Accommodation in Nicaragua was great value. From colonial guest houses to forest bungalows, we enjoyed a real mixture. Some places included breakfast; others charged an extra fee of around $6 per person. In the latter cases, we opted to pick something up ourselves, instead.

So, the specific places we stayed in Nicaragua were:

San Juan del Sur: Okay, so I’m starting with a $68 a night place (and breakfast wasn’t included). But don’t worry, things did get cheaper! We treated ourselves at this eco slice of paradise because we were relaxing for a few days catching rays at the beach, so we wanted somewhere a little bit above our usual budget. Our circle bamboo structure had oodles of rustic charm and was really stylish. Surrounded by jungle, there was a pool, tiki bar, and restaurant. And we were less than a 10-minute drive (half an hour walk) to the sands of Playa Marsella. The resort provided free 4×4 transfers to the surf spots the area is famous for, and they offered lessons too. If your budget is less and you don’t mind a twin room, that will only set you back $38 a night.

Ometepe: Our advice here? Do your research to decide where you want to stay on the island. It was bigger than we thought, and not all that easy to travel around. For our four nights, we stayed in two different places to experience slightly different areas of the figure-of-eight-shaped isle. Sitting on the southwest of vast Lake Nicaragua, Ometepe was formed by a pair of volcanoes rising out of the water. Our first stop was just outside Playa Mango and Balgüe, a dinky hamlet on the northern side of Maderas volcano. We stayed at this charming eco-lodge bungalow, set among tropical gardens with views to Concepcion Volcano and the lake. The cost? We paid $55 a night, with a top breakfast included. Santa Cruz was just four kilometres away, and Balgüe two kilometres. Peaceful and comfy, there was a pool, a restaurant, and those all-important mosquito nets in the room. This was an off-grid spot using renewable energy, so keep that in mind. And listen out for the monkeys!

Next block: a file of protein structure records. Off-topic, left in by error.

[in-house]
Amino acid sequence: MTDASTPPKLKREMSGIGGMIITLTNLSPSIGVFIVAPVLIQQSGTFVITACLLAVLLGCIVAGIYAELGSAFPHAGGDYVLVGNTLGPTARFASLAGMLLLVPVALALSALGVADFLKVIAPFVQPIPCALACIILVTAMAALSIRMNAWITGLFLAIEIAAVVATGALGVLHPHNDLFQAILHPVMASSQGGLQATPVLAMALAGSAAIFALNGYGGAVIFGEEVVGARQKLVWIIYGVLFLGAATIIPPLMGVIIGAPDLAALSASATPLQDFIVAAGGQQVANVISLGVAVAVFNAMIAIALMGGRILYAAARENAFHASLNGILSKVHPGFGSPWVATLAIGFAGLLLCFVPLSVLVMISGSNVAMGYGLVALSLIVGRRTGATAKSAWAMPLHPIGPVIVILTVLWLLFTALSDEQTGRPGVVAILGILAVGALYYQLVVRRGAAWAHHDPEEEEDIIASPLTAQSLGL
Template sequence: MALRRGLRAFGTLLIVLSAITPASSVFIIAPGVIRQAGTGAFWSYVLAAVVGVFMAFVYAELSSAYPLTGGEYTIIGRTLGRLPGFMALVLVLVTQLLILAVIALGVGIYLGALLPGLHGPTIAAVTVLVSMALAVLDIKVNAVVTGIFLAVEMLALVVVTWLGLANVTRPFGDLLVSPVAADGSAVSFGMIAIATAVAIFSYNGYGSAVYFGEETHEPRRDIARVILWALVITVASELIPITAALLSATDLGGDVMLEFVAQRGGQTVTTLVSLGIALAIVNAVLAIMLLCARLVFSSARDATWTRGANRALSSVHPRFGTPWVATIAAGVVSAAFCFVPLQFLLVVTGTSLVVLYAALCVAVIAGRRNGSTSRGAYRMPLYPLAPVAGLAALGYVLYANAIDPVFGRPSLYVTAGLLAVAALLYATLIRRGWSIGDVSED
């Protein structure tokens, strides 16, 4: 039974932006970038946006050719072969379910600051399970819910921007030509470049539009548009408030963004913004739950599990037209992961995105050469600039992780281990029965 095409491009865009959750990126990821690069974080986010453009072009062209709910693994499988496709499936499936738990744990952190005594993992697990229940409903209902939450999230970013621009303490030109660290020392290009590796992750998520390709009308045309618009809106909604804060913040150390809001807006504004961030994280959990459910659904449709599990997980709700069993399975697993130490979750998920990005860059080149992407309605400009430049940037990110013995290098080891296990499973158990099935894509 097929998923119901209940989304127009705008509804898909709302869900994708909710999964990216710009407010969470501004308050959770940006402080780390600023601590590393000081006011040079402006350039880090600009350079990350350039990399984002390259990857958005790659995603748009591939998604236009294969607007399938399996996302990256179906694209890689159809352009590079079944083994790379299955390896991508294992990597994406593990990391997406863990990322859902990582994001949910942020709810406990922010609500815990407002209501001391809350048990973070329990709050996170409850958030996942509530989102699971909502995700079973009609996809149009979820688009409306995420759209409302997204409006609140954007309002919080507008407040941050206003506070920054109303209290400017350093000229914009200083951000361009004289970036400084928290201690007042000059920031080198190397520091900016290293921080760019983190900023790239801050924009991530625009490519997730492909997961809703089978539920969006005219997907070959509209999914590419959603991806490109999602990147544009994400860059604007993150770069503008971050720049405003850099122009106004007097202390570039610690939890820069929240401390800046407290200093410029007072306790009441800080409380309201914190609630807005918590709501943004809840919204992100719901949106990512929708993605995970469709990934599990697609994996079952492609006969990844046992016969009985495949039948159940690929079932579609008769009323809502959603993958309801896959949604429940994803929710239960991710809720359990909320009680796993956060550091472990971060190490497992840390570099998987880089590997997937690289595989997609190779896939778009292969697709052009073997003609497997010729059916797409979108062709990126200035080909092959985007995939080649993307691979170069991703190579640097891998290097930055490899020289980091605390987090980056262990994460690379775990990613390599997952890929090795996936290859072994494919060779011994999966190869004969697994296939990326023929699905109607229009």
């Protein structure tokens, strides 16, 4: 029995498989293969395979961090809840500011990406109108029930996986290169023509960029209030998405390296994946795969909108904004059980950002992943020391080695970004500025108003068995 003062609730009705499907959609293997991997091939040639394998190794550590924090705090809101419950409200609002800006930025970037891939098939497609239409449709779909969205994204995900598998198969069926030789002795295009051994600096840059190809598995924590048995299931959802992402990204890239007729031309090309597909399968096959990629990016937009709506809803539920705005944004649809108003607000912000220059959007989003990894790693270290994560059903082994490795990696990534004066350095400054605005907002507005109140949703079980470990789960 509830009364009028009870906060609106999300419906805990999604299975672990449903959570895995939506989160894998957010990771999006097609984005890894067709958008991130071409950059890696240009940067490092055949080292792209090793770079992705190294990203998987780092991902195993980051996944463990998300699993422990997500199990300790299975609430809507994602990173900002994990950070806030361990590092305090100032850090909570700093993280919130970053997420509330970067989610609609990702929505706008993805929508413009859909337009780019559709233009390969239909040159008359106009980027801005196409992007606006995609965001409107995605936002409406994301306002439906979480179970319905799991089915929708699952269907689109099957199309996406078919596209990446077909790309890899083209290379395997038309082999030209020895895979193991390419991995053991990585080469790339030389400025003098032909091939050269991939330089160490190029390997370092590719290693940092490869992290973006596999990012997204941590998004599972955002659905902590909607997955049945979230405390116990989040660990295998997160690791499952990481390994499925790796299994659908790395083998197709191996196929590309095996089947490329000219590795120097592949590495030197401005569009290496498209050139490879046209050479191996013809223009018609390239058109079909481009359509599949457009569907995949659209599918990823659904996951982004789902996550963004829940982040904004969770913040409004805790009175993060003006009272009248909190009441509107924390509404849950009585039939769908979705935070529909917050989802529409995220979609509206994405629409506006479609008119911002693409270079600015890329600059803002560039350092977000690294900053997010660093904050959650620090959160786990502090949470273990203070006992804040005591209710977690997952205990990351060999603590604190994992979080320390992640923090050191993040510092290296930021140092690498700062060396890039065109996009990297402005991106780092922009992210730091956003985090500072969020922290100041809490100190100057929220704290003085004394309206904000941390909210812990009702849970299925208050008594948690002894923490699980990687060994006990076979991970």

For our second stop, we chose Merida, on the other side of the island. Located in the foothills of Maderas Volcano, our bungalow at this peaceful hideaway had a private balcony and mosquito nets. The staff were super helpful, and at $41 a night including breakfast, it was top value.

Granada: at this central, stylish spot with modern art adorning the bedroom walls, we paid just $30 a night including a first-rate traditional breakfast – money well spent. The property was a home in years gone by, like many hotels in the city. Inside, there was an open-air courtyard and garden, plus a shared kitchen. The owner Gaby was lovely – so friendly and helpful. She happily drove us to Masaya volcano one evening, despite the traffic and queues. 

Managua: Research told us Metrocentro was the best area for tourists to stay in the capital, so we booked this simple yet comfortable guest house with aircon for $47 a night, just a 10-minute drive from the lake. We only stayed in Managua for one night, so it was a brief, but enjoyable pitstop with breakfast included.